IATA: Sluggish trade, Brexit and weak demand all risks to air cargo

Cathay Pacific freighter being loaded

Airfreight’s momentum is at risk from a sluggish trade outlook, the aftermath of Brexit and weak demand, though strong consumer confidence and low oil prices could reenergise growth, the International Air Transport Association (IATA) says.

In its Q2 2016 Cargo Chartbook, IATA says air cargo continues to outperform the global merchandised trade but growth remains weak. The association says it remains to be seen whether the UK leaving the European Union, dubbed ‘Brexit’ will impact world trade though decreasing semi-conductor shipments points to weaker demand.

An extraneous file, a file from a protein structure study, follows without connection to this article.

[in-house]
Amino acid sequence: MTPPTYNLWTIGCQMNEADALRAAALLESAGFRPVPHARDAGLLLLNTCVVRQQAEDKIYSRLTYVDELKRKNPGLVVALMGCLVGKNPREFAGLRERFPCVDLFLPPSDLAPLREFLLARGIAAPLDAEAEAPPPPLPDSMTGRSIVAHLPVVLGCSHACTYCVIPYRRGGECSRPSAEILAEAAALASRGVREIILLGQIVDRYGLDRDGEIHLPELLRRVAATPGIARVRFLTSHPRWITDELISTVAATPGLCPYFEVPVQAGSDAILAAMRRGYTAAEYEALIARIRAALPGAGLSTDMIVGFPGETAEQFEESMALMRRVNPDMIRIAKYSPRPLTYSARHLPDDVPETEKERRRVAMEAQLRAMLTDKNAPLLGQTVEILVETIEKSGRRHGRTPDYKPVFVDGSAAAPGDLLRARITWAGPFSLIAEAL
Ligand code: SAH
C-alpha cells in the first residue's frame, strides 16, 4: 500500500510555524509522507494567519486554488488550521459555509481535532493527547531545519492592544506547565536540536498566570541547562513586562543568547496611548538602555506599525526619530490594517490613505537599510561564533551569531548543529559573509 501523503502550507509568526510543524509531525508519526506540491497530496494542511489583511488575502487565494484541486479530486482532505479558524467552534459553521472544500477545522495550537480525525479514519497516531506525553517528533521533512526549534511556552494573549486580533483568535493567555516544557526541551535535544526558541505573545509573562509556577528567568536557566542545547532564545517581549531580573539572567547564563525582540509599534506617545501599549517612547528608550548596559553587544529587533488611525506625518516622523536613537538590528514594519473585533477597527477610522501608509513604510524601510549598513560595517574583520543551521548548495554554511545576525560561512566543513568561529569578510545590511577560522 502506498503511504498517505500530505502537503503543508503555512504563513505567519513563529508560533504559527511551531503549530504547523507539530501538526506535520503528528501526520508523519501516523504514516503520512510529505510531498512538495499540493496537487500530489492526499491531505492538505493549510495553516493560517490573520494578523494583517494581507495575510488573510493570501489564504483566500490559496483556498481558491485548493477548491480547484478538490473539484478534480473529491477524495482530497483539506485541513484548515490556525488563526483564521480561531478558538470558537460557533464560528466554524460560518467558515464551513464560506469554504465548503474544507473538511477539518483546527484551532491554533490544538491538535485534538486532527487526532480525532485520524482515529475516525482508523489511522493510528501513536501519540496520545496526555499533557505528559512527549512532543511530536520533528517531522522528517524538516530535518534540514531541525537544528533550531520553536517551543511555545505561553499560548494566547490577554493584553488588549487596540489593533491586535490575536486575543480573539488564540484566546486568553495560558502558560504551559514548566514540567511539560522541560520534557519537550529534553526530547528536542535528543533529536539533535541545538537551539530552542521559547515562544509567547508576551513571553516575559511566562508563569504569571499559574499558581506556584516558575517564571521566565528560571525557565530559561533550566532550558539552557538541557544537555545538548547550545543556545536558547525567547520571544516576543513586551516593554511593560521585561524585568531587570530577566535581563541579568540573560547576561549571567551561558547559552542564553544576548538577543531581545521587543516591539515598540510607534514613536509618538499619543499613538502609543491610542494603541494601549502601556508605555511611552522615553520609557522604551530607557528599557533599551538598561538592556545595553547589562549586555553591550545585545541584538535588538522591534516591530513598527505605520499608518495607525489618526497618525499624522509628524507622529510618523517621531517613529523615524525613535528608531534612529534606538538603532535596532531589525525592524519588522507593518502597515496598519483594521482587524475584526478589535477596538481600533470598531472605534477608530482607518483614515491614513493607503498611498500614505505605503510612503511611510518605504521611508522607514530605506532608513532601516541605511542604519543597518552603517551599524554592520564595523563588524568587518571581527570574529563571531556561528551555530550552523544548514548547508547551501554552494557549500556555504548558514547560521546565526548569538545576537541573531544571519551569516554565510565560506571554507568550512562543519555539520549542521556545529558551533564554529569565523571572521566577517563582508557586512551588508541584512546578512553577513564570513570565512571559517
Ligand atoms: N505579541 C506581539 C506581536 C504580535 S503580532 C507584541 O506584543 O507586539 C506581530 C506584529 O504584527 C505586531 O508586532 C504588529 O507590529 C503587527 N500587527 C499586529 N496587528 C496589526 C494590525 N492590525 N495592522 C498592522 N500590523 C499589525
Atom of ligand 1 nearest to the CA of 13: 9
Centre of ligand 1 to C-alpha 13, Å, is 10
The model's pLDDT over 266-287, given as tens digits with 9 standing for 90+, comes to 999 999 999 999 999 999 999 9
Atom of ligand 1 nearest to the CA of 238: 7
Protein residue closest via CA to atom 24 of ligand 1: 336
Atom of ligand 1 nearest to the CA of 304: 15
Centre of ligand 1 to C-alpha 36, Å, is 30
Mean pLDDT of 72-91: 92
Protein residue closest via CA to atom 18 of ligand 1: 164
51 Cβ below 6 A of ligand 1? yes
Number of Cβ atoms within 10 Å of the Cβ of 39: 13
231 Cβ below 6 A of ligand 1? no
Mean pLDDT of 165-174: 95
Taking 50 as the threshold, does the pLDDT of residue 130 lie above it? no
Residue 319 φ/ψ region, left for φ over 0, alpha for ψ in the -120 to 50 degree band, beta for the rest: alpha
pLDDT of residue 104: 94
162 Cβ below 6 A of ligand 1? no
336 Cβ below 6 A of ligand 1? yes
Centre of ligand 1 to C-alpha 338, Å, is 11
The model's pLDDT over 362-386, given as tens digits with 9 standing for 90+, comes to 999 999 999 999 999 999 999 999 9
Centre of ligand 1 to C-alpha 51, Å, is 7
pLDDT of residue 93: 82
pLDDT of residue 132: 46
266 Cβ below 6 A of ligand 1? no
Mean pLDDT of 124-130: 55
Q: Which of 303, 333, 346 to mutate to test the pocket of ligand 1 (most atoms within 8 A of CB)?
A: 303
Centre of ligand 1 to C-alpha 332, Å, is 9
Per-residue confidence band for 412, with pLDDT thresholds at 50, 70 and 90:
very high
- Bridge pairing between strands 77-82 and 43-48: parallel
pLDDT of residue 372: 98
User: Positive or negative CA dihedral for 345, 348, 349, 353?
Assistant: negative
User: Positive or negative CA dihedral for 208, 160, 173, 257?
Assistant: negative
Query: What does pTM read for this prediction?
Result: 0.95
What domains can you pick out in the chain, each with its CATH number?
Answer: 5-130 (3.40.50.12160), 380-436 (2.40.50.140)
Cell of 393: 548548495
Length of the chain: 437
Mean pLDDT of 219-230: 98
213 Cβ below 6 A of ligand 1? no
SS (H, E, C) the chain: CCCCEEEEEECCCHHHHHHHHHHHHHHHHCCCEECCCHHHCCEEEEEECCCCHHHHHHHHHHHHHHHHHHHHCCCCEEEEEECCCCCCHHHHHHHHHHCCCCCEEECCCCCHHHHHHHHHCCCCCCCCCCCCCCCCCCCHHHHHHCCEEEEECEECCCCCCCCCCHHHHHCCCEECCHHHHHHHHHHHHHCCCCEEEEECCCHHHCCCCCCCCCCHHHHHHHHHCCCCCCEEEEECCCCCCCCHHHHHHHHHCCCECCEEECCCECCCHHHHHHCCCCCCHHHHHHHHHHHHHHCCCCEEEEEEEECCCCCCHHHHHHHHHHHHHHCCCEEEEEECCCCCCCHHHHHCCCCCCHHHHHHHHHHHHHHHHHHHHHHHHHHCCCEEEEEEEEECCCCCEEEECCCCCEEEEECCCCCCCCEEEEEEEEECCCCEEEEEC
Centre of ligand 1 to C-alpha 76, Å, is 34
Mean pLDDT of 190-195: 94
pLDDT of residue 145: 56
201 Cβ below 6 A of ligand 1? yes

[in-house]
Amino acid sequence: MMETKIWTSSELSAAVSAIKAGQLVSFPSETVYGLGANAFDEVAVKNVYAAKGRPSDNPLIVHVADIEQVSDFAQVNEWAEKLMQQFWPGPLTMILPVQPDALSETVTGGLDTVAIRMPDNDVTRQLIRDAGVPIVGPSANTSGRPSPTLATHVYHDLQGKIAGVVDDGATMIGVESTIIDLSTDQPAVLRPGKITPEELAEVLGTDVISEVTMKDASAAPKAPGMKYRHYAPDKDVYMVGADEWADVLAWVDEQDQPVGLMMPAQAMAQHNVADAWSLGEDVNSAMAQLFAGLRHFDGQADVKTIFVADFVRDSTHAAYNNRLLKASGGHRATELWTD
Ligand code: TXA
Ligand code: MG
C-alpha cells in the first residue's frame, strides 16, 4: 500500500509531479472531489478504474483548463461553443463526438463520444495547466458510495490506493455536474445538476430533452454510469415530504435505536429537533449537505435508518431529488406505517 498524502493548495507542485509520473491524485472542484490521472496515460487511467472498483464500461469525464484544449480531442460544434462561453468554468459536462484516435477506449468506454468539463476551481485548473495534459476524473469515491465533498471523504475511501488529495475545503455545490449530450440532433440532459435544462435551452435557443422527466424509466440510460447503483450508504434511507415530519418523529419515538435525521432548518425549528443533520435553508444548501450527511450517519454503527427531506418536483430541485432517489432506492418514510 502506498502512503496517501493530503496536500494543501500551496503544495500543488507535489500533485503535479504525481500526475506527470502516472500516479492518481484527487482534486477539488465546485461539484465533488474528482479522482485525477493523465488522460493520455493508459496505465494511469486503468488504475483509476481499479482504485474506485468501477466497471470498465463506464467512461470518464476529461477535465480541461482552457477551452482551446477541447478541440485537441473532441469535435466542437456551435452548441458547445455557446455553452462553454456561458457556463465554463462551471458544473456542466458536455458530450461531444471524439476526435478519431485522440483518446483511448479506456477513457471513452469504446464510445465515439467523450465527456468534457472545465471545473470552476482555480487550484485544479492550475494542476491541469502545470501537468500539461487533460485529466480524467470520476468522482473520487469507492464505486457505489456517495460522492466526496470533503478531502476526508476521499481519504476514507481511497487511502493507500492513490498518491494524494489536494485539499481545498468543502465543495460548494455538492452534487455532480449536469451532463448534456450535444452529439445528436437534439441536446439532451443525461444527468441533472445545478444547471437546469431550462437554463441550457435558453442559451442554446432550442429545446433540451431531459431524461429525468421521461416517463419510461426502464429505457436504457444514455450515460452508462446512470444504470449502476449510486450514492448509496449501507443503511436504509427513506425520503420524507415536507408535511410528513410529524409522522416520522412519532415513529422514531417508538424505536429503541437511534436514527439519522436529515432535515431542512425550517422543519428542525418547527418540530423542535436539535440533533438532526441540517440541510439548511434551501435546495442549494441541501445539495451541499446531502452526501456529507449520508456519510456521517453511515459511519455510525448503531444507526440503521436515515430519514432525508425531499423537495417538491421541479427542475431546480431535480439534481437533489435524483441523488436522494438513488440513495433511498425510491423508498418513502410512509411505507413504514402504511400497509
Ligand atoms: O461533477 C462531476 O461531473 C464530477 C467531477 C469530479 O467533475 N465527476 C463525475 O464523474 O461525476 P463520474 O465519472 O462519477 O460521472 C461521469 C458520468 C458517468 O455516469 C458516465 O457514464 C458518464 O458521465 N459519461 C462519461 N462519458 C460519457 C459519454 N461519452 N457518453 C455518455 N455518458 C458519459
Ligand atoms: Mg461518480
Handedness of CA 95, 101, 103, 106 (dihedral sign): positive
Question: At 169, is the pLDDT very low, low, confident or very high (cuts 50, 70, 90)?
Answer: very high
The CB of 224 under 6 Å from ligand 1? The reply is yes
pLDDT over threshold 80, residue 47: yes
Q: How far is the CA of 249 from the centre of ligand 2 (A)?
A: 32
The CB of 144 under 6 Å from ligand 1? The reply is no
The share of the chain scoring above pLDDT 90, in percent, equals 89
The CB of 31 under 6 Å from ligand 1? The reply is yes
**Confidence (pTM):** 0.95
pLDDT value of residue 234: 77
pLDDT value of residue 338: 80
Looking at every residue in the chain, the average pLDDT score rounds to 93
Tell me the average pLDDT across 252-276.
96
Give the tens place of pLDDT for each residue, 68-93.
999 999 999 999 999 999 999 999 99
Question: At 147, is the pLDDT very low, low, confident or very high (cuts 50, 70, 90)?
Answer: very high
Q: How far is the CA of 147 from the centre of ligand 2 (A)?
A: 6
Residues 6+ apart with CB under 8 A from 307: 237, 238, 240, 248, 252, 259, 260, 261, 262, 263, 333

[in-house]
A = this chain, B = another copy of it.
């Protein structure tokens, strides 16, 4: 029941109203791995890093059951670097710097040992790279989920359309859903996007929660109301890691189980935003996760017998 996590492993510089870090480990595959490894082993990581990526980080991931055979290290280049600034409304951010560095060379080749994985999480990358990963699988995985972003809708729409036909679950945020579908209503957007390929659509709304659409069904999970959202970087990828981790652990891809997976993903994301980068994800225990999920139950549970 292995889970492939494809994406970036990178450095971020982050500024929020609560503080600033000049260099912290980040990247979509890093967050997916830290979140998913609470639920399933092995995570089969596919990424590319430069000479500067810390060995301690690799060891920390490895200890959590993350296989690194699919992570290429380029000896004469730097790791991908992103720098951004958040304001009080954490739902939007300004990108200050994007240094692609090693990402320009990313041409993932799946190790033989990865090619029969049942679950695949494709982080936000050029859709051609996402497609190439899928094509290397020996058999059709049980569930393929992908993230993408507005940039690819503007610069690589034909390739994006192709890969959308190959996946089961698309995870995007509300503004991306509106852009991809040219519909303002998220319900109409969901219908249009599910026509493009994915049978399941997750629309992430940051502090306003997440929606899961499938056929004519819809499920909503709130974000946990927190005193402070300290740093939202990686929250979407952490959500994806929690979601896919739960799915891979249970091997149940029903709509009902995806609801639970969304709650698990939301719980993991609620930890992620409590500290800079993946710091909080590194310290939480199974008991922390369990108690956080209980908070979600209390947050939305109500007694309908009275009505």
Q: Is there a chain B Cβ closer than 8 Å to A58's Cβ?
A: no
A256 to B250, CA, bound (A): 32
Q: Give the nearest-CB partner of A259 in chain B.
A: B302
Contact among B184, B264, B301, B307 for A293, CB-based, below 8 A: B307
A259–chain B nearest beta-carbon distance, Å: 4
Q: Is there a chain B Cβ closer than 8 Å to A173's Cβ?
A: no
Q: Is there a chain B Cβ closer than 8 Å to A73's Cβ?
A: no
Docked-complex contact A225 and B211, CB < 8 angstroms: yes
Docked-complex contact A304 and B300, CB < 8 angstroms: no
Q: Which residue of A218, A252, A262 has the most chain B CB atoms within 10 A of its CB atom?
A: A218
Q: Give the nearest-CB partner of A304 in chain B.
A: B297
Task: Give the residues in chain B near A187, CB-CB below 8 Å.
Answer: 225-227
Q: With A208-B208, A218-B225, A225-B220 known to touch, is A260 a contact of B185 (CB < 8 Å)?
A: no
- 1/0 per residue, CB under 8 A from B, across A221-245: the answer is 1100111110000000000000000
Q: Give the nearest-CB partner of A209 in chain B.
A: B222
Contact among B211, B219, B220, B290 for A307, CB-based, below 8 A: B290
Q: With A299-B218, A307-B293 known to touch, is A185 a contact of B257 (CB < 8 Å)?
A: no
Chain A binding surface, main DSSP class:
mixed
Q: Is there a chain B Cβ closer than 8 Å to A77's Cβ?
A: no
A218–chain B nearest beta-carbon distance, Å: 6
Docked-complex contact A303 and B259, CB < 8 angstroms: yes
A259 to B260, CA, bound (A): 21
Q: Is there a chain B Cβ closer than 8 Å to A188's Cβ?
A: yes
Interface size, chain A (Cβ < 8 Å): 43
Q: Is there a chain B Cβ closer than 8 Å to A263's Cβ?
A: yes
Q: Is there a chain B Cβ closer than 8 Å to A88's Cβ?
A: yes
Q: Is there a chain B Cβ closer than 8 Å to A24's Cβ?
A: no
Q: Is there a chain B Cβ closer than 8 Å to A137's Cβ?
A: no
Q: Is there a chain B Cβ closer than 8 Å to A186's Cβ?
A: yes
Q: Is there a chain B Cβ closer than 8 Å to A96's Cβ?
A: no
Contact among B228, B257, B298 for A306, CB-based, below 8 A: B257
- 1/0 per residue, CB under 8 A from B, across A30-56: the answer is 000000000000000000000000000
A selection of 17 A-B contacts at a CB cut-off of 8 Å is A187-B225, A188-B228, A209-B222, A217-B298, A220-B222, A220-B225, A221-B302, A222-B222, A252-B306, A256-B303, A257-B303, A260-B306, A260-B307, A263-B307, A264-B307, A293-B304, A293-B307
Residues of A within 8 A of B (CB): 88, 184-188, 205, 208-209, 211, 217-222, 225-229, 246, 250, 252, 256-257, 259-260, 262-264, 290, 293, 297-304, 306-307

IATA says: “The confluence of a sluggish world trade outlook, “Brexit” aftermath and weak demand drivers suggest that the positive momentum observed in FTKs over the past three months may be paused.”

The association warns that overcapacity, weak trade, lower yields and rising fuel prices could result in falling profits. IATA says new widebody freighter deliveries have outpaced retirements by 17 per cent since 2008.

Most of the retirements have been Boeing 747s, particularly -200s, along with DC-10s and MD-11s, with 747-400s, 767s and 777s the favourite replacements.

Available freight tonne kilometres increased by five per cent in the second quarter of 2016, further exacerbated by widebody passenger aircraft with bellyhold capacity.

Yields have continued to suffer, with IATA saying the latest deterioration likely to severely damage profits. Fuel prices have risen 43 per cent between January and June 2016 from a relatively low base.

IATA says: “Although rising fuel prices have abated in July, a challenging yield environment is expected to persist. Flooding-in of capacity amid a weak global trade backdrop can lead to taking a bite out of air cargo profitability.”